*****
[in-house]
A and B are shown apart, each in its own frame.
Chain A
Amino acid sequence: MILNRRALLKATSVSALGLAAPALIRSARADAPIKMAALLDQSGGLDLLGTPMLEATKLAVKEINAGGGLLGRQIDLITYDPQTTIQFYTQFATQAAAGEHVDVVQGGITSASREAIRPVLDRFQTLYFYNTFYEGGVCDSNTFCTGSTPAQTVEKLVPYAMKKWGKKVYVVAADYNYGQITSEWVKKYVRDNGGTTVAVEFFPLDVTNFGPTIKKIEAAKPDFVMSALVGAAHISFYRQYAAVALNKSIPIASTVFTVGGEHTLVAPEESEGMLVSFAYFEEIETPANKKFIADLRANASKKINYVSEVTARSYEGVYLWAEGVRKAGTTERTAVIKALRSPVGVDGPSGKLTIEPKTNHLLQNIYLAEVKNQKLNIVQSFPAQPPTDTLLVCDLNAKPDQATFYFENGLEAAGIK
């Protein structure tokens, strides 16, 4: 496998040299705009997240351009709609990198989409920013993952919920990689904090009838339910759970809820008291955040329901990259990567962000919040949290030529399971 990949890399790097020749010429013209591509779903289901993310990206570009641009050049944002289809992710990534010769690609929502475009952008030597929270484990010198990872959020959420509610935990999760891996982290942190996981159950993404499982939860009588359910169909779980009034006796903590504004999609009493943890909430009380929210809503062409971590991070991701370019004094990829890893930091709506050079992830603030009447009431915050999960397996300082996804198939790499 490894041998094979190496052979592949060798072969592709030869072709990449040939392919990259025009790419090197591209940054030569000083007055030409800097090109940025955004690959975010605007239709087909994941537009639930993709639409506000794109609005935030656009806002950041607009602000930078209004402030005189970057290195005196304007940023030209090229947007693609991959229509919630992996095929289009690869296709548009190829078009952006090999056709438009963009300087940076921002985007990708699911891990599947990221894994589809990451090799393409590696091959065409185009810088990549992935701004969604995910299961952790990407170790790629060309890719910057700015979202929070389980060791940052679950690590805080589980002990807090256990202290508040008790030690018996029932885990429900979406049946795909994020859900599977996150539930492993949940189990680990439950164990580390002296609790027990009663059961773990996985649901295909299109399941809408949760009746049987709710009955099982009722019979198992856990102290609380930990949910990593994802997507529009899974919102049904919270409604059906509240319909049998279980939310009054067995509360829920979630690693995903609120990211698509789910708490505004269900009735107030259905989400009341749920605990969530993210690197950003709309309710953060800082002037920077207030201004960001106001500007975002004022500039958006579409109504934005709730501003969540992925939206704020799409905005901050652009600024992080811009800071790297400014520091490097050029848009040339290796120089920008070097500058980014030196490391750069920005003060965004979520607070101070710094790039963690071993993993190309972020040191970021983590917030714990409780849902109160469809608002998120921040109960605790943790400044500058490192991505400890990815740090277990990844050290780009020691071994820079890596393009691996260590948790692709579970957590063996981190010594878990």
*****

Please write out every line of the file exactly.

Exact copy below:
[in-house]
A and B are shown apart, each in its own frame.
Chain A
Amino acid sequence: MILNRRALLKATSVSALGLAAPALIRSARADAPIKMAALLDQSGGLDLLGTPMLEATKLAVKEINAGGGLLGRQIDLITYDPQTTIQFYTQFATQAAAGEHVDVVQGGITSASREAIRPVLDRFQTLYFYNTFYEGGVCDSNTFCTGSTPAQTVEKLVPYAMKKWGKKVYVVAADYNYGQITSEWVKKYVRDNGGTTVAVEFFPLDVTNFGPTIKKIEAAKPDFVMSALVGAAHISFYRQYAAVALNKSIPIASTVFTVGGEHTLVAPEESEGMLVSFAYFEEIETPANKKFIADLRANASKKINYVSEVTARSYEGVYLWAEGVRKAGTTERTAVIKALRSPVGVDGPSGKLTIEPKTNHLLQNIYLAEVKNQKLNIVQSFPAQPPTDTLLVCDLNAKPDQATFYFENGLEAAGIK
């Protein structure tokens, strides 16, 4: 496998040299705009997240351009709609990198989409920013993952919920990689904090009838339910759970809820008291955040329901990259990567962000919040949290030529399971 990949890399790097020749010429013209591509779903289901993310990206570009641009050049944002289809992710990534010769690609929502475009952008030597929270484990010198990872959020959420509610935990999760891996982290942190996981159950993404499982939860009588359910169909779980009034006796903590504004999609009493943890909430009380929210809503062409971590991070991701370019004094990829890893930091709506050079992830603030009447009431915050999960397996300082996804198939790499 490894041998094979190496052979592949060798072969592709030869072709990449040939392919990259025009790419090197591209940054030569000083007055030409800097090109940025955004690959975010605007239709087909994941537009639930993709639409506000794109609005935030656009806002950041607009602000930078209004402030005189970057290195005196304007940023030209090229947007693609991959229509919630992996095929289009690869296709548009190829078009952006090999056709438009963009300087940076921002985007990708699911891990599947990221894994589809990451090799393409590696091959065409185009810088990549992935701004969604995910299961952790990407170790790629060309890719910057700015979202929070389980060791940052679950690590805080589980002990807090256990202290508040008790030690018996029932885990429900979406049946795909994020859900599977996150539930492993949940189990680990439950164990580390002296609790027990009663059961773990996985649901295909299109399941809408949760009746049987709710009955099982009722019979198992856990102290609380930990949910990593994802997507529009899974919102049904919270409604059906509240319909049998279980939310009054067995509360829920979630690693995903609120990211698509789910708490505004269900009735107030259905989400009341749920605990969530993210690197950003709309309710953060800082002037920077207030201004960001106001500007975002004022500039958006579409109504934005709730501003969540992925939206704020799409905005901050652009600024992080811009800071790297400014520091490097050029848009040339290796120089920008070097500058980014030196490391750069920005003060965004979520607070101070710094790039963690071993993993190309972020040191970021983590917030714990409780849902109160469809608002998120921040109960605790943790400044500058490192991505400890990815740090277990990844050290780009020691071994820079890596393009691996260590948790692709579970957590063996981190010594878990």